Lacko, D. , Huysmans, T. , Vleugels, J. , De Bruyne, G. , Van Hulle, M. M. , Sijbers, J. , and Verwulgen, S. , 2017, “Product Sizing With 3D Anthropometry and K-Medoids Clustering,” Comput.-Aided Des., 91, pp. 60–74. [CrossRef]
Luximon, Y. , Ball, R. , and Justice, L. , 2012, “The 3D Chinese Head and Face Modeling,” Comput.-Aided Des., 44(1), pp. 40–47. [CrossRef]
Shah, P. B. , and Luximon, Y. , 2017, “Review on 3D Scanners for Head and Face Modeling,” International Conference on Digital Human Modeling and Applications in Health, Safety, Ergonomics and Risk Management, Vancouver, BC, Canada, July 9–14, pp. 47–56.
Ellena, T. , Skals, S. , Subic, A. , Mustafa, H. , and Pang, T. Y. , 2017, “3D Digital Headform Models of Australian Cyclists,” Appl. Ergon., 59(Pt. A), pp. 11–18. [CrossRef] [PubMed]
Huang, S. H. , Yang, C. K. , Tseng, C. Y. , and Chu, C. H. , 2015, “Design Customization of Respiratory Mask Based on 3D Face Anthropometric Data,” Int. J. Precis. Eng. Manuf., 16(3), pp. 487–494. [CrossRef]
Tseng, C. Y. , Wang, I. J. , and Chu, C. H. , 2014, “Parametric Modeling of 3D Human Faces Using Anthropometric Data,” IEEE International Conference on Industrial Engineering and Engineering Management (IEEM), Bandar Sunway, Malaysia, Dec. 9–12, pp. 491–495.
Chu, C. H. , Wang, I. J. , Wang, J. B. , and Luh, Y. P. , 2017, “3D Parametric Human Face Modeling for Personalized Product Design: Eyeglasses Frame Design Case,” Adv. Eng. Inf., 32, pp. 202–223. [CrossRef]
Zhao, W. , Gao, S. , and Lin, H. , 2007, “A Robust Hole-Filling Algorithm for Triangular Mesh,” Visual Comput., 23(12), pp. 987–997. [CrossRef]
Turk, G. , and Levoy, M. , 1994, “Zippered Polygon Meshes From Range Images,” 21st ACM Annual Conference on Computer Graphics and Interactive Techniques, Orlando, FL, July 24–29, pp. 311–318. https://graphics.stanford.edu/papers/zipper/zipper.pdf
Attene, M. , and Falcidieno, B. , 2006, “ReMESH: An Interactive Environment to Edit and Repair Triangle Meshes,” IEEE International Conference on Shape Modeling and Applications (SMI'06), Matsushima, Japan, June 14–16, pp. 41–41.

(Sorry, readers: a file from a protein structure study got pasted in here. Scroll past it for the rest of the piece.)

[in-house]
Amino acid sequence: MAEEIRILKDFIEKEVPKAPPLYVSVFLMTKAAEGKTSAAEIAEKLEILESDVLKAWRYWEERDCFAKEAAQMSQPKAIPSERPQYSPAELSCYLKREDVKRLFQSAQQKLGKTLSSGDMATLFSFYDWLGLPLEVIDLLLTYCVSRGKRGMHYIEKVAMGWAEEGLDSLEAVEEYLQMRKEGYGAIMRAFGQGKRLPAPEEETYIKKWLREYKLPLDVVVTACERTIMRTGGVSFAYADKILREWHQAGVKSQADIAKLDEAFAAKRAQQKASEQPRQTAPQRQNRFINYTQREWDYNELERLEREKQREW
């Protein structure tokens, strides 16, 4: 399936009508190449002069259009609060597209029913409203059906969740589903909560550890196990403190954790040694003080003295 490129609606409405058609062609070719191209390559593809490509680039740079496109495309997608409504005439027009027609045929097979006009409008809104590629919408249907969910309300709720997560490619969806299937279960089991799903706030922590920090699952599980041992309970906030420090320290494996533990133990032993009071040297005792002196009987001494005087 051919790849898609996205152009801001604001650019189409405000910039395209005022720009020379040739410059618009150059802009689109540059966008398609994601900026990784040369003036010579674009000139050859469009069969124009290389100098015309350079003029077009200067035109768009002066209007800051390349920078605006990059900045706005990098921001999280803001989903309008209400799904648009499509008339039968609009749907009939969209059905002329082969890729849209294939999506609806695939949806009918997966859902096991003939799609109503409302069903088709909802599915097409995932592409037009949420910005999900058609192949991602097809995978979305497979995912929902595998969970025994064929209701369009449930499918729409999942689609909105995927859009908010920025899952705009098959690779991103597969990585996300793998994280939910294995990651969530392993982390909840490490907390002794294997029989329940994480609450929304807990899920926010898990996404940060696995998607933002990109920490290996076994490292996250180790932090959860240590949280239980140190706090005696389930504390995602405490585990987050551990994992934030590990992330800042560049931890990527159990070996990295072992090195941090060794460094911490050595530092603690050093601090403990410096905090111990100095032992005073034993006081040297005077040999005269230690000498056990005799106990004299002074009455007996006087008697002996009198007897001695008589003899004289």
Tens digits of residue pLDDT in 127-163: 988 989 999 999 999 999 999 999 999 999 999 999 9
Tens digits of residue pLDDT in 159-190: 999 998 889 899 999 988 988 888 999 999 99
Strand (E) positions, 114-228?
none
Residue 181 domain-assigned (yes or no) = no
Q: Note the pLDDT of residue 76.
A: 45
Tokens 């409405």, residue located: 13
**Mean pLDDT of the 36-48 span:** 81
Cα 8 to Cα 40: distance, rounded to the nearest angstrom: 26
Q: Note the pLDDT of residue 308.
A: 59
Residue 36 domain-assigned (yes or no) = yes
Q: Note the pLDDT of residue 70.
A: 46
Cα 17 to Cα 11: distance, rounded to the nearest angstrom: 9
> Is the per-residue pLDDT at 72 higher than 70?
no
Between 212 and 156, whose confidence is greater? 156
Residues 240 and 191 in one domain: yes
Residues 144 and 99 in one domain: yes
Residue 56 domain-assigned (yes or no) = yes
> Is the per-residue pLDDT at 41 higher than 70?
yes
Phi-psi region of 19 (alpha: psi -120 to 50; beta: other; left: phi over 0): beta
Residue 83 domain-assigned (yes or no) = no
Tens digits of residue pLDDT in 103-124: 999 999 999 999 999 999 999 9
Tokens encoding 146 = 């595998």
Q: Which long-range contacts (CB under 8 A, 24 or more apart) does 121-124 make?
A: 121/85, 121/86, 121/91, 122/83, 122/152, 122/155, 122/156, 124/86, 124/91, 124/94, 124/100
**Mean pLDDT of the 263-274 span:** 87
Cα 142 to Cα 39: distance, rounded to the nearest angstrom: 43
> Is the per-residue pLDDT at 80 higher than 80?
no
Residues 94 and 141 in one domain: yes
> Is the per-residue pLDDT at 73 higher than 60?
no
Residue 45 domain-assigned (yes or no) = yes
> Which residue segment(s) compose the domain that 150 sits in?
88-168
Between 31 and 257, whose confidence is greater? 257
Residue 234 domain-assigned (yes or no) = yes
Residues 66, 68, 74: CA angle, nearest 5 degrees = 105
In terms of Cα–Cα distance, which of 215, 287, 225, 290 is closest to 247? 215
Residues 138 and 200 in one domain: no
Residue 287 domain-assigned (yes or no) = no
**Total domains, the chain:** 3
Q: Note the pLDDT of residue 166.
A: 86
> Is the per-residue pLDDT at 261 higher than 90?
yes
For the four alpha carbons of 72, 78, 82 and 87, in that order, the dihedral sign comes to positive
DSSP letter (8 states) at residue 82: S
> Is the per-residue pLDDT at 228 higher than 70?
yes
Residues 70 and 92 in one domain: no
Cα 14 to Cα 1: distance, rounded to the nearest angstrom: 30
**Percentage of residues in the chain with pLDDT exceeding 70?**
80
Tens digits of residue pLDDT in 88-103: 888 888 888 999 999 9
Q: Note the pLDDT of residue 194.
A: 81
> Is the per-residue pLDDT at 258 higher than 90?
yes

Floater, M. S. , 2003, “Mean Value Coordinates,” Comput. Aided Geom. Des., 20(1), pp. 19–27. [CrossRef]
Wang, C. C. , Zhang, Y. , and Sheung, H. , 2010, “From Designing Products to Fabricating Them From Planar Materials,” IEEE Comput. Graph. Appl., 30(6), pp. 74–85. [CrossRef] [PubMed]
Schröder, P. , Zorin, D. , DeRose, T. , Forsey, D. R. , Kobbelt, L. , Lounsbery, M. , and Peters, J. , 2000, “Subdivision for Modeling and Animation,” SIGGRAPH 2000 Course Notes.
Chew, L. P. , 1989, “Constrained Delaunay Triangulations,” Algorithmica, 4(1–4), pp. 97–108. [CrossRef]
Wang, C. C. , 2008, “WireWarping: A Fast Surface Flattening Approach With Length-Preserved Feature Curves,” Comput.-Aided Des., 40(3), pp. 381–395. [CrossRef]
Kwok, T. H. , Zhang, Y. , and Wang, C. C. , 2012, “Efficient Optimization of Common Base Domains for Cross Parameterization,” IEEE Trans. Visualization Comput. Graph., 18(10), pp. 1678–1692. [CrossRef]
Besl, P. J. , and McKay, N. D. , 1992, “Method for Registration of 3-D Shapes,” Sensor Fusion IV: Control Paradigms and Data Structures, Boston, MA, Nov. 12–15, pp. 586–607.

Figures

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Fig. 1

Capturing 3D face data using two noncontact scanners

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Fig. 2

Marking landmarks in the image seen from a scanner

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Fig. 3

Generation of textured 3D data from the face scanner

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Fig. 4

Preprocessing and postprocessing steps of 3D face models

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Fig. 5

(a) Typical raw data captured by two scanners from different angles and (b) three landmarks for merging the data captured from different angles

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Fig. 6

Face models created by merging two scanned images

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Fig. 7

Generating the region of interest with a sphere constructed from four feature points

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Fig. 8

The smoothing results of two face models (left: before; right: after)

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Fig. 9

Human face features related to the parametric face models

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Fig. 10

Approximate face geometry generated by linear and nonlinear parametric models

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Fig. 11

Construction steps of cosmetic facial mask from a face model

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Fig. 12

Constructing the mask shape by specifying inner and outer boundary curves in the prototyping system

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Fig. 13

Mask smoothing through the flattening interface

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Fig. 14

Mask design results for different human faces

Tables

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Table 1 Parameters used in the parametric face models
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Table 2 Comparison of the 12 parameter values between the original face and the results produced by two different parametric models (L01–L08: mm; R09–R12: radian)
Table Grahic Jump Location
Table 3 The degrees of fit for different designs

Errata